Contrary to what a lot of people probably think, Ed Harvey never met my brother John. Not that he knew of, anyhow.
Even though John put Eddie in the Prank Call Hall of Fame (if there’s not such a thing, there should be) when he called him up in the late ’70s to complain about buying a bad oil filter at Eddie’s Auto Parts, the two were never formally introduced, and John was long dead by the time the tapes went viral in 1987. (Note: Viral was not a word we would’ve thought to use back in the day.)
Edward Ralph Harvey, 91, died last week after a long struggle with dementia. He worked as long as he could, keeping long days in his auto-parts store with the marquee sign from the Italian Pavilion at the 1982 World’s Fair. Tough as a boot with a barely hidden sly sense of humor, Eddie Harvey affixed that sign to the front of his store and found it to be a good conversation piece.
Born in Union County’s Little Valley in 1922, Ed Harvey loved to tell the story of his great-grandfather, Jack Woods, who had a license from the federal government to operate a whisky-bottling business, as long as he sold the product out of state. He also sold some in-state, out the back door.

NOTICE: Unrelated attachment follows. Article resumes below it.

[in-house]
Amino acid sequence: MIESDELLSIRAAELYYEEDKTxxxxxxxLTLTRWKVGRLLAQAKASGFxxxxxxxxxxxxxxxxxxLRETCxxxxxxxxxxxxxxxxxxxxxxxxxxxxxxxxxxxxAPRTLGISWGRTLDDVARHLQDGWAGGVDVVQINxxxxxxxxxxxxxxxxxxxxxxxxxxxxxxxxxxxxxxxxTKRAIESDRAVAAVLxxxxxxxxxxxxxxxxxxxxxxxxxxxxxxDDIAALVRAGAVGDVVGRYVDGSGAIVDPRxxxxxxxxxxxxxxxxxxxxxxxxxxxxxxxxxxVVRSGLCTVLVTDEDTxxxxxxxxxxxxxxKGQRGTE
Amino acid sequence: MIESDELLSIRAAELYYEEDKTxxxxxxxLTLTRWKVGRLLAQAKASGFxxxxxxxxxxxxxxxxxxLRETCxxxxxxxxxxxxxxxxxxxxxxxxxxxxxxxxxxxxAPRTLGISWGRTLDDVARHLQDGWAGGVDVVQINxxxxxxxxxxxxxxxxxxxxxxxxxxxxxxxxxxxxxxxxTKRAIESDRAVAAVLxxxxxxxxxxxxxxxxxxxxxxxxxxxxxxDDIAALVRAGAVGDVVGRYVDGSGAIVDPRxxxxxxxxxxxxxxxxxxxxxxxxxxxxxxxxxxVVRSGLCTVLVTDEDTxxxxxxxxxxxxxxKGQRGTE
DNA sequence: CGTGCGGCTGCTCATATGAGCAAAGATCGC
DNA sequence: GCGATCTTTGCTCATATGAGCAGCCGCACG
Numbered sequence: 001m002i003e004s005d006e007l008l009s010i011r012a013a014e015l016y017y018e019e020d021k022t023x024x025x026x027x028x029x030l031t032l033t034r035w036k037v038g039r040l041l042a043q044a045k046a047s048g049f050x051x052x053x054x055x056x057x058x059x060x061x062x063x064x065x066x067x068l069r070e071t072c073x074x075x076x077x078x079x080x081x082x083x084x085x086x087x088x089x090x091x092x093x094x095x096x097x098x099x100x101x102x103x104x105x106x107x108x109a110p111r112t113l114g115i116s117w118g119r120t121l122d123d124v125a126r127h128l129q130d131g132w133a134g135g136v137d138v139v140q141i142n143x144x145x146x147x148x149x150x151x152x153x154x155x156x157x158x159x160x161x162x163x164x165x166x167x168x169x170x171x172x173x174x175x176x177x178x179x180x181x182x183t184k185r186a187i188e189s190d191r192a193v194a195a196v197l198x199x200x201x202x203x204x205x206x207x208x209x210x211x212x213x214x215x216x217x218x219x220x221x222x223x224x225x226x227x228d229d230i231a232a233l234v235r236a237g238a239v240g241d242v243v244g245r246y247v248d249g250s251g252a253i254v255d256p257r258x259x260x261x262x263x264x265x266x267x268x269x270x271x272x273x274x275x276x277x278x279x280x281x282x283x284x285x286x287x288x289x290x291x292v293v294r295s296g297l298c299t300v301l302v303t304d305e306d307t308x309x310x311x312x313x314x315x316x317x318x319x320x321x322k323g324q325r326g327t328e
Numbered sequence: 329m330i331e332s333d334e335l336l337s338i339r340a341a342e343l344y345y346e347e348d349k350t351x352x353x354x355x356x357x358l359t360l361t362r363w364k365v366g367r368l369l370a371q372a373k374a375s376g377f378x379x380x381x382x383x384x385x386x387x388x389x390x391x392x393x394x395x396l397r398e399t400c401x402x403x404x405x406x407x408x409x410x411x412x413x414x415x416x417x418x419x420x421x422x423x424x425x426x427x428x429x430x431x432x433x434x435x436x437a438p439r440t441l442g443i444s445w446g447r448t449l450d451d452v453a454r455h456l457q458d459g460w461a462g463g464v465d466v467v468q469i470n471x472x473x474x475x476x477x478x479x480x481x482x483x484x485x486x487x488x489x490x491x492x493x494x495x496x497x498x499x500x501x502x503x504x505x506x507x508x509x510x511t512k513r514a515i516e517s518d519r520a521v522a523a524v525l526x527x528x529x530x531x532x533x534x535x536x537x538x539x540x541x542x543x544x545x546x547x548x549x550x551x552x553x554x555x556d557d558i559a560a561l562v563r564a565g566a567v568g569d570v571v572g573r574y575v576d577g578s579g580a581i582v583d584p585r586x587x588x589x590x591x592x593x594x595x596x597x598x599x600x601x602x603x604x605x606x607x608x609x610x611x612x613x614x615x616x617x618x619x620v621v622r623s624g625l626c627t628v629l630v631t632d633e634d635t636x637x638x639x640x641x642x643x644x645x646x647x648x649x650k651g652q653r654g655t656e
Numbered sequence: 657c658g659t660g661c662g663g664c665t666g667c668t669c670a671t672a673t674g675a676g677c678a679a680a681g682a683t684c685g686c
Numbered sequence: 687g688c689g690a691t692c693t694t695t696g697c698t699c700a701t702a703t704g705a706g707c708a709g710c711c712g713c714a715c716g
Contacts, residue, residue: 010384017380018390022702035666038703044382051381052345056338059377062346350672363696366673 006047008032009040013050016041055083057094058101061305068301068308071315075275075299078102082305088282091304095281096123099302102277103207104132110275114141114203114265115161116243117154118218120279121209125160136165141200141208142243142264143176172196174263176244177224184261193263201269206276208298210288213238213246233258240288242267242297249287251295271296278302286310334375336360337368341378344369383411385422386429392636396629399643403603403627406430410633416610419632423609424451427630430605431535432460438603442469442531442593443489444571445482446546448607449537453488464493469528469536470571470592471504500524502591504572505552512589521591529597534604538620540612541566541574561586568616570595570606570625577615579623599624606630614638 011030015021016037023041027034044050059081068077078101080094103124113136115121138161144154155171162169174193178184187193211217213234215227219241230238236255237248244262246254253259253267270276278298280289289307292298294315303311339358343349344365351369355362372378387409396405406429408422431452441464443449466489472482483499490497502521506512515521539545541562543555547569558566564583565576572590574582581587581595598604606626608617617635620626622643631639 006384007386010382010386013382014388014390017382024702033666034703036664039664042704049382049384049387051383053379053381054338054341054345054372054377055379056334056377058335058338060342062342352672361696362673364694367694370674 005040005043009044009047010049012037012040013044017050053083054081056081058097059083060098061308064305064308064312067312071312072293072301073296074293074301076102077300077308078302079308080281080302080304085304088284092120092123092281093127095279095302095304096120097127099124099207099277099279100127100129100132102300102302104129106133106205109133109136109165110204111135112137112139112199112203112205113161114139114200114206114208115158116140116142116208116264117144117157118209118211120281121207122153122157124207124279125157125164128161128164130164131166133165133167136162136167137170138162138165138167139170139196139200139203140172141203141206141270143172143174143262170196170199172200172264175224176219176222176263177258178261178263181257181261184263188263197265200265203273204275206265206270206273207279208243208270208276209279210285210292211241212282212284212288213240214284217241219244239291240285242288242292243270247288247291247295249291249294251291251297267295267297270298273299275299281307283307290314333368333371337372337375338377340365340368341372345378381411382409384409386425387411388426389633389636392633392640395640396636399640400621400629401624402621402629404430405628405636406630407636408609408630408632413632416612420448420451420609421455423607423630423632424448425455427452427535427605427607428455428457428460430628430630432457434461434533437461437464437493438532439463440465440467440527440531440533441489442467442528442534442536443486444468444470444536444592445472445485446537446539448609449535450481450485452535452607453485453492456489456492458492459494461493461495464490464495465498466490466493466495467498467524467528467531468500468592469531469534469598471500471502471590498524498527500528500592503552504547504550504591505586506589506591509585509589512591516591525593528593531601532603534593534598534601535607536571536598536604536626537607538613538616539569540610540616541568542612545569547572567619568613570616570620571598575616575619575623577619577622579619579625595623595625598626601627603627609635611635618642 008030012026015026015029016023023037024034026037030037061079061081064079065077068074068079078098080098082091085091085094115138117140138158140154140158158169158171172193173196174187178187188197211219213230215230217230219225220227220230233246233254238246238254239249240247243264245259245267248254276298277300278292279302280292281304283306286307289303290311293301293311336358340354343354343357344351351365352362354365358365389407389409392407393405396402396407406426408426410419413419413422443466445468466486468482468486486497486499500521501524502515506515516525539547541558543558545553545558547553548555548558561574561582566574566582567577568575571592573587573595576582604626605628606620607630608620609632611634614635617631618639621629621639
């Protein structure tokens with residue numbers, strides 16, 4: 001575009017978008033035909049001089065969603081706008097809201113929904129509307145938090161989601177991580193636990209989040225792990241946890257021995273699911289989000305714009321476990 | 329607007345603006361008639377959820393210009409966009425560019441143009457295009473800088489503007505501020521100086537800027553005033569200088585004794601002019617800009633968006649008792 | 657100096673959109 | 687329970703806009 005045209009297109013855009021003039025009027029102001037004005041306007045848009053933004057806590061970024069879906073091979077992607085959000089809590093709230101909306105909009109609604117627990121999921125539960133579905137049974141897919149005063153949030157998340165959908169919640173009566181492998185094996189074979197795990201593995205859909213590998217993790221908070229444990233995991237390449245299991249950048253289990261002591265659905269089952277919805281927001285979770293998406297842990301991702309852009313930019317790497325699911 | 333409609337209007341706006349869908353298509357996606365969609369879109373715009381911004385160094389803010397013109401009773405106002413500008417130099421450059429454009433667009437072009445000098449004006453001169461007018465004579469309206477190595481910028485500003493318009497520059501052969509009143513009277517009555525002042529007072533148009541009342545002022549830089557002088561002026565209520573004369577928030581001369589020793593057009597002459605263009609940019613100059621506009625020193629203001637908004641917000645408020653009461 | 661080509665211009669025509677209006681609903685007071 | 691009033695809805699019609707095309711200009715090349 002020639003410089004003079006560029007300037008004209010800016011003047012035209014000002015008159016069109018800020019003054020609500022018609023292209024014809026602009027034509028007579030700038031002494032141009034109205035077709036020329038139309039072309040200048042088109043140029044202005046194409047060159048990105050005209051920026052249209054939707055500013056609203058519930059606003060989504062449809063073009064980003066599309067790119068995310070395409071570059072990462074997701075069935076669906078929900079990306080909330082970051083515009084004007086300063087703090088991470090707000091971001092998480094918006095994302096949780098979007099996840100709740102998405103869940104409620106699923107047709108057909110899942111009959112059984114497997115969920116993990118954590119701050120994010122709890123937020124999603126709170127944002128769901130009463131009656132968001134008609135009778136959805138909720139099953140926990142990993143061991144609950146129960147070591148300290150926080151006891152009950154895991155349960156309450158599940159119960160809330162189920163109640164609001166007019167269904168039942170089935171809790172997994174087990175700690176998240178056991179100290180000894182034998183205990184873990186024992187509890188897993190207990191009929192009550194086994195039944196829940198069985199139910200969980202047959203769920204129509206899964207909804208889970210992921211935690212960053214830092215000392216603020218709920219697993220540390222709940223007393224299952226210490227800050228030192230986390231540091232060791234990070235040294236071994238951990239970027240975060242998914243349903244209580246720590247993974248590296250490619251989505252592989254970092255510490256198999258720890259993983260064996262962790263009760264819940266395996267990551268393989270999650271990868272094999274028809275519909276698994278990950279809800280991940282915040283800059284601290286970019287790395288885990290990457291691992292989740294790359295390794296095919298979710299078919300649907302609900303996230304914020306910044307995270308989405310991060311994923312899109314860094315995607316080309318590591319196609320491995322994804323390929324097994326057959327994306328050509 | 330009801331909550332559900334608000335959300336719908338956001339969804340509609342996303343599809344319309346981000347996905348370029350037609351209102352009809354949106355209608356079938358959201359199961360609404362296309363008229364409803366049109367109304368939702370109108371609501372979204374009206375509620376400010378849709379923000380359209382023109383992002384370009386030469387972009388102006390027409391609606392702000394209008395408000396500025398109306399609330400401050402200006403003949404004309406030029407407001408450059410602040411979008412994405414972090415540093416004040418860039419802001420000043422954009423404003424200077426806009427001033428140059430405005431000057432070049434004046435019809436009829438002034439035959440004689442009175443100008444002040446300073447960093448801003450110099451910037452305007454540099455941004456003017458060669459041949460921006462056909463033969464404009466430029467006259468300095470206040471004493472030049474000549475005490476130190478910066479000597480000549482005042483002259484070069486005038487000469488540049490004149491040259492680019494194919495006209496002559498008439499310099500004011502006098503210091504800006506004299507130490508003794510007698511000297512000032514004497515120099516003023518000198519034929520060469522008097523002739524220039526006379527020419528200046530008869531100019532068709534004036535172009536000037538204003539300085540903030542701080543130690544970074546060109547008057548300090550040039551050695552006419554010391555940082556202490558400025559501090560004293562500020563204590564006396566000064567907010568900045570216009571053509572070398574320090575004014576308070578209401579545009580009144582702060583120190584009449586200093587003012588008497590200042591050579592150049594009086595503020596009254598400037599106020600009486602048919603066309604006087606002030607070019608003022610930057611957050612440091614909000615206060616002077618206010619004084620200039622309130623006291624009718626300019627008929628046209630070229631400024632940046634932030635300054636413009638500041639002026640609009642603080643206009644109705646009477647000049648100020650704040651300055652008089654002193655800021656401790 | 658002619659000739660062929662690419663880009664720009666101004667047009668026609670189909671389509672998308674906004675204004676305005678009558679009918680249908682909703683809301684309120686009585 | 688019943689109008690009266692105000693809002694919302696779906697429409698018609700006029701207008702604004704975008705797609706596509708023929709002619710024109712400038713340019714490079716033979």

Ed Harvey graduated from Halls High School in 1940. His first job was zipping through the streets of Knoxville as a bicycle messenger. He served in the U.S. Army during World War II and returned home wanting to start a business, so he went to see Claude Myers, president of Fountain City Bank, and asked for a $500 loan.
“At first, he wouldn’t give me the loan, but then he found out I was a good welder and told me if I’d build the swings in Fountain City Park, I could have the money. So I built the swings, and they are still standing. I got my loan – that’s when I was poor as a church mouse,” he told Metro Pulse in 2000.
He used the money to make a down payment on the property on Walker Boulevard where his store stands today. Over the years, he acquired additional property, including a next-door parcel he bought from Cas Walker. He also found time to work on racecars, and to do some racing himself, until he had a bad wreck in the late ’50s.
In his later years, after John’s tapes had been widely circulated, Ed Harvey drew visitors from all over the world who wanted to meet the guy who sold the oil filter. What they found was one of those inimitable East Tennesseans who helped make this place what it is.
He outlived two wives and was the father of four and the grandfather of five, in addition to having a big brood of great-grandchildren. His motto was, “I’d rather be lucky anytime as be smart,” and he counted himself a lucky man.
I’d like to think that by now, he and John have been introduced. And there’s not much I wouldn’t give to hear those stories.